Jupyter Governance Overview
Jupyter Governance Overview#
Jupyter transitioned from a Benevolent Dictator For Life (BDFL) + Steering Council governance model to this current governance model in December 2022.
This document provides a brief informational summary of the Project Jupyter governance model. In case of any substantive discrepancy with the official descriptions of each body, the underlying governance documents should be considered as the source of truth, and we will update this overview as needed.
Jupyter’s governance model is anchored on two bodies that complement each other:
The Executive Council (EC) is ultimately responsible for all dimensions of the Project (including, but not limited to, software, legal, financial, community, operations, inclusion and diversity, etc.). The members of the EC actively work to carry out the Project’s mission in accordance with its values and to support operations through delegation to the Software Steering Council (SSC), Software Subprojects, Standing Committees, and Working Groups. These other bodies will report to the EC, and the EC is expected to support, oversee, manage, and ensure the success of operations across Jupyter. For more detail, see the Executive Council document.
The Software Steering Council (SSC) has jurisdiction over software-related decisions across Project Jupyter, with a primary focus on coordination across projects and decisions that have impact across many Jupyter Subprojects. It is also a mechanism for representatives of each project to share information and expertise. Technical decisions and processes where the SSC isn’t explicitly involved are automatically delegated to the individual projects to manage their day-to-day activities, create new repositories in their orgs, etc., with independence and autonomy. For more details, see the Software Steering Council document.
Additionally, the Executive Council (EC) receives input from a Community Advisory Panel. This panel advises the EC with perspectives and connections that may reach beyond the active Jupyter community.
Other major components of the organization#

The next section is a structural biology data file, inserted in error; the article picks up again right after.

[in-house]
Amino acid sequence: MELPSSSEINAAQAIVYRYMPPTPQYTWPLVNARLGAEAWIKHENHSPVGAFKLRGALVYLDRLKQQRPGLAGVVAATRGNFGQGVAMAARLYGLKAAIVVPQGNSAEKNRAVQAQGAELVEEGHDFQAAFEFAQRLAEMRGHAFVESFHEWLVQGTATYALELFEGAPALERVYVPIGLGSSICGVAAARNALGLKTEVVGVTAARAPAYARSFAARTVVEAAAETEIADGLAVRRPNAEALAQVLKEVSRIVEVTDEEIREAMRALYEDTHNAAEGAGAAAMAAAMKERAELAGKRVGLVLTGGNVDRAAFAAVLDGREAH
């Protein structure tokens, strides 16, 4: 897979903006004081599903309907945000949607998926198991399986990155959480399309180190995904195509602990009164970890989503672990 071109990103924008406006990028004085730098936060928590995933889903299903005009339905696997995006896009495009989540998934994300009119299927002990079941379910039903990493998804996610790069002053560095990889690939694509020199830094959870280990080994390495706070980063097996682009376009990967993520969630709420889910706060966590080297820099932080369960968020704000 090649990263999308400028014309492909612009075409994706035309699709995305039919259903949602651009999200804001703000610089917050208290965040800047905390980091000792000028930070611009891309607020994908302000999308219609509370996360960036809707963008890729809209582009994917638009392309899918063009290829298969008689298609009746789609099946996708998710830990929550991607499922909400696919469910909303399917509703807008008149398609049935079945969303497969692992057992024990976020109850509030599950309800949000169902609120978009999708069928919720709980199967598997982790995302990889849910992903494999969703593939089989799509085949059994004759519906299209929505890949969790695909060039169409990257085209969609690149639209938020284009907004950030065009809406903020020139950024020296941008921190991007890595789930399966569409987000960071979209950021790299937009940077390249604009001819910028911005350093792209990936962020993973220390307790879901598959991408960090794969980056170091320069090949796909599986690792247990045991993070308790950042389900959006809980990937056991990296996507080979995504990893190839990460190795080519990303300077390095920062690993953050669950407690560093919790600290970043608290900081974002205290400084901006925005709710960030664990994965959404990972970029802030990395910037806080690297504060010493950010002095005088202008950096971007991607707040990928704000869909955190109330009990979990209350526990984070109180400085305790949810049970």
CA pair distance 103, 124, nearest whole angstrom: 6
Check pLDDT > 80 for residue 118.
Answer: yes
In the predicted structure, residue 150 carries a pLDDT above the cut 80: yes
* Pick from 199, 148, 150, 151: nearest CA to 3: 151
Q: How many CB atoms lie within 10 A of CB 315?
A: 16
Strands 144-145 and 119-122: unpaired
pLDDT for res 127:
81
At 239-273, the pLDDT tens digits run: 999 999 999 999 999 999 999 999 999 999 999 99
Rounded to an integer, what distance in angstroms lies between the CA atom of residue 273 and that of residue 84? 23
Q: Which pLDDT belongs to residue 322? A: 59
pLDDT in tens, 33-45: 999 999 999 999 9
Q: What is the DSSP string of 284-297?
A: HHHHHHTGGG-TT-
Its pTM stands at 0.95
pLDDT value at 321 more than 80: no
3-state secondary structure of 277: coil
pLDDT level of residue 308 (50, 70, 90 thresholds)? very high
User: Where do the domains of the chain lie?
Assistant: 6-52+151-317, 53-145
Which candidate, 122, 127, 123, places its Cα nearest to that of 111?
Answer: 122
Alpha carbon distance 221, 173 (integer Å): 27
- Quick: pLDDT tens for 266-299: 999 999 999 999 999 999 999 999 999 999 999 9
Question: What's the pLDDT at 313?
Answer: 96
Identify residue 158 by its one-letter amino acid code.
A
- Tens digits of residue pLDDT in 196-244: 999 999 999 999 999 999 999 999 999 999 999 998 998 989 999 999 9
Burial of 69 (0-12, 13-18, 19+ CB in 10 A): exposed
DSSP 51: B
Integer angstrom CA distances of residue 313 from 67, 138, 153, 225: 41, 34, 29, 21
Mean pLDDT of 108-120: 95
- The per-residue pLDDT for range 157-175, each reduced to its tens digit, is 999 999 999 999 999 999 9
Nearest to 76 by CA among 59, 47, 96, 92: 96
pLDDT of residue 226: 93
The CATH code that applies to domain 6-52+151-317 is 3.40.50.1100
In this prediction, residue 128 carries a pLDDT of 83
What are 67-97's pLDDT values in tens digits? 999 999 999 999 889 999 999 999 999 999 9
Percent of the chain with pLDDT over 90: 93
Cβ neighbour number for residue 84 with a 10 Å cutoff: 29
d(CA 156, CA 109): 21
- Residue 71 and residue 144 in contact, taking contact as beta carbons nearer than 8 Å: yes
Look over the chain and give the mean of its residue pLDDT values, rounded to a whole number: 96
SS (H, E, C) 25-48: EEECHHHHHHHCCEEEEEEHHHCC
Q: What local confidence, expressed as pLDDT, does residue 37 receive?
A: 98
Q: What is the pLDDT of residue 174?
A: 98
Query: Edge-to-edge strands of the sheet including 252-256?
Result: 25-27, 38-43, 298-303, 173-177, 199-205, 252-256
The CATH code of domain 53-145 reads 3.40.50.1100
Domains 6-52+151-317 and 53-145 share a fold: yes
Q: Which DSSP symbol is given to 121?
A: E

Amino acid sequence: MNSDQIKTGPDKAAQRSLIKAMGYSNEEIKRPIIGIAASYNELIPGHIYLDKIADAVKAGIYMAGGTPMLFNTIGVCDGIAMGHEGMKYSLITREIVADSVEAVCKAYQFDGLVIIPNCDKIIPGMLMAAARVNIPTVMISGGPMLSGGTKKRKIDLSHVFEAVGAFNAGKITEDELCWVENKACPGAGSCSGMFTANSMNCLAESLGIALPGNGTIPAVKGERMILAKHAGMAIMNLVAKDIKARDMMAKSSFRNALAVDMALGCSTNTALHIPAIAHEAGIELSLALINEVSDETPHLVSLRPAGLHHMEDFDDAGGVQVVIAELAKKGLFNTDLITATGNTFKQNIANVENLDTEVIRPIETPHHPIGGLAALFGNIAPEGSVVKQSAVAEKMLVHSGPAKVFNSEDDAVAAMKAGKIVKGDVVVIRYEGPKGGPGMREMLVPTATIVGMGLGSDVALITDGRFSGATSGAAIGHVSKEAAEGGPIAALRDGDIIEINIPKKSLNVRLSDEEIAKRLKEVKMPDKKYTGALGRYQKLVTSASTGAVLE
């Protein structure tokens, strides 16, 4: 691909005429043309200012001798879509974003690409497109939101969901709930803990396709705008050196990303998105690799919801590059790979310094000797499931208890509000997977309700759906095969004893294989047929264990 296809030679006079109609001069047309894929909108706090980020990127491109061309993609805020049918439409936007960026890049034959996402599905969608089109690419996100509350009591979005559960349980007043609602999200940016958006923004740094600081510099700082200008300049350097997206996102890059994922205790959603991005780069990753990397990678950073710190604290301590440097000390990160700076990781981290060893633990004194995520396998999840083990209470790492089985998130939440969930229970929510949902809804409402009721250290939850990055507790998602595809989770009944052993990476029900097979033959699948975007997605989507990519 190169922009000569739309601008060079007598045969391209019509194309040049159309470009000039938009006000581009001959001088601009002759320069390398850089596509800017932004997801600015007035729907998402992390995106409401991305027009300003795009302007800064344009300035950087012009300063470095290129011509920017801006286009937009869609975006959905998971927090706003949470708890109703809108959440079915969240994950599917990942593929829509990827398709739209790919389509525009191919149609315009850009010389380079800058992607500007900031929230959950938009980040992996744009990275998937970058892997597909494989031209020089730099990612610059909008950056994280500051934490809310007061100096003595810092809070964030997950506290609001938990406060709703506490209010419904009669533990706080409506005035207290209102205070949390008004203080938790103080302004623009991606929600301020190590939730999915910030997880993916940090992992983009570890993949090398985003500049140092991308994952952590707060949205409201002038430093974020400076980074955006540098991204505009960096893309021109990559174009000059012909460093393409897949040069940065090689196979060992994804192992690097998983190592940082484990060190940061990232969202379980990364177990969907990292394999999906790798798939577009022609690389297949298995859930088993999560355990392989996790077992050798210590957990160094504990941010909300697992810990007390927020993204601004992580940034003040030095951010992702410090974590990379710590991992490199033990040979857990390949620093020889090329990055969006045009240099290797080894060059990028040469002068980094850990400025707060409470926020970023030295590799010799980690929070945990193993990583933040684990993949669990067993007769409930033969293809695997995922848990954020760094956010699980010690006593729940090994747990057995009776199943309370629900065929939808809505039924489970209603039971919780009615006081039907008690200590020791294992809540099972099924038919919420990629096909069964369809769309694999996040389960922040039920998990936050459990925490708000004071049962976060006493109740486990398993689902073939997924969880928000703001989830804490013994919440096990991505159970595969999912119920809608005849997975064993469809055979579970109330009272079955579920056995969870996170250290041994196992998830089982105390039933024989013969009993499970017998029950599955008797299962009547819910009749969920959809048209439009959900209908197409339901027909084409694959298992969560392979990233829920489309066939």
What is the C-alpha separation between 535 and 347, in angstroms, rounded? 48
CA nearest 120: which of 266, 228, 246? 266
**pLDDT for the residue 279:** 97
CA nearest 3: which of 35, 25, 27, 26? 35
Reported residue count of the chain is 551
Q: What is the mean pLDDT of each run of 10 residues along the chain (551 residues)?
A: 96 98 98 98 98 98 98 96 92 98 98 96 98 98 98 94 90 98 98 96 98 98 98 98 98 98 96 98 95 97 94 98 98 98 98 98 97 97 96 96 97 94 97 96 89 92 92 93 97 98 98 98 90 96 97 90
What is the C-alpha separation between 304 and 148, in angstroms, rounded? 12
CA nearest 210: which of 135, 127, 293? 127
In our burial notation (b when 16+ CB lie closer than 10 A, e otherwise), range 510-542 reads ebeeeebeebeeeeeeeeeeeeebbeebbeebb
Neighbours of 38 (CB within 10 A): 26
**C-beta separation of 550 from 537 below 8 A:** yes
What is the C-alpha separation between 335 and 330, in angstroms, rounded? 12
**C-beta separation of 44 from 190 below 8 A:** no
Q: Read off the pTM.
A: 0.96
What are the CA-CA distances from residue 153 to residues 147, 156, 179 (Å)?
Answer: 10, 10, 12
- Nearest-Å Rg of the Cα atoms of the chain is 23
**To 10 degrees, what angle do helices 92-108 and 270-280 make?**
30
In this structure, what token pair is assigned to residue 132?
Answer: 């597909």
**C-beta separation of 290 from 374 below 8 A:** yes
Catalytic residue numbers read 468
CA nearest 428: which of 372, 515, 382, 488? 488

In addition to these three bodies, the following are other major parts of the Project related to governance.
The Distinguished Contributors are a group of Jupyter community members that have gone above-and-beyond in their support of the project over the years, making substantial and sustained contributions in any area of activity (software development, governance, community engagement, events, etc.). The Jupyter community confers membership in this group as a way of recognizing their effort and saying “thank you.” For more detail, see the Distinguished Contributors document.
Standing Committees and Working Groups#
In addition to the software work on Jupyter that is coordinated through the Software Steering Council (SSC), much of the project’s work expands beyond software. Examples include code of conduct incident response, diversity and inclusion, operations, legal, fundraising, events, community, and marketing. Standing Committees and Working Groups carry out this non-software related work of the project by delegation from the Executive Council (EC).
The primary difference between Standing Committees and Working Groups is that Standing Committees are intended to be permanent; they are only created and dissolved by a joint vote of the EC and SSC. In contrast, Working Groups can be created and dissolved by the EC acting alone.
More details on these can be found here.
Software Subprojects in the Jupyter community are official areas of focus and effort within the Jupyter ecosystem. They often map to a single GitHub organization. Subprojects must abide by the Jupyter Code of Conduct, Jupyter decision-making and governance processes (e.g. respecting the project’s trademark policies), as well as commit to certain technical limitations and scope. Each subproject elects one person to serve on the Software Steering Council. For more details, see the Software Subprojects document.
Decision-making and voting procedures#
The EC, SSC, Standing Committees and Working Groups all use uniform voting procedures outlined in the Decision-Making Guide.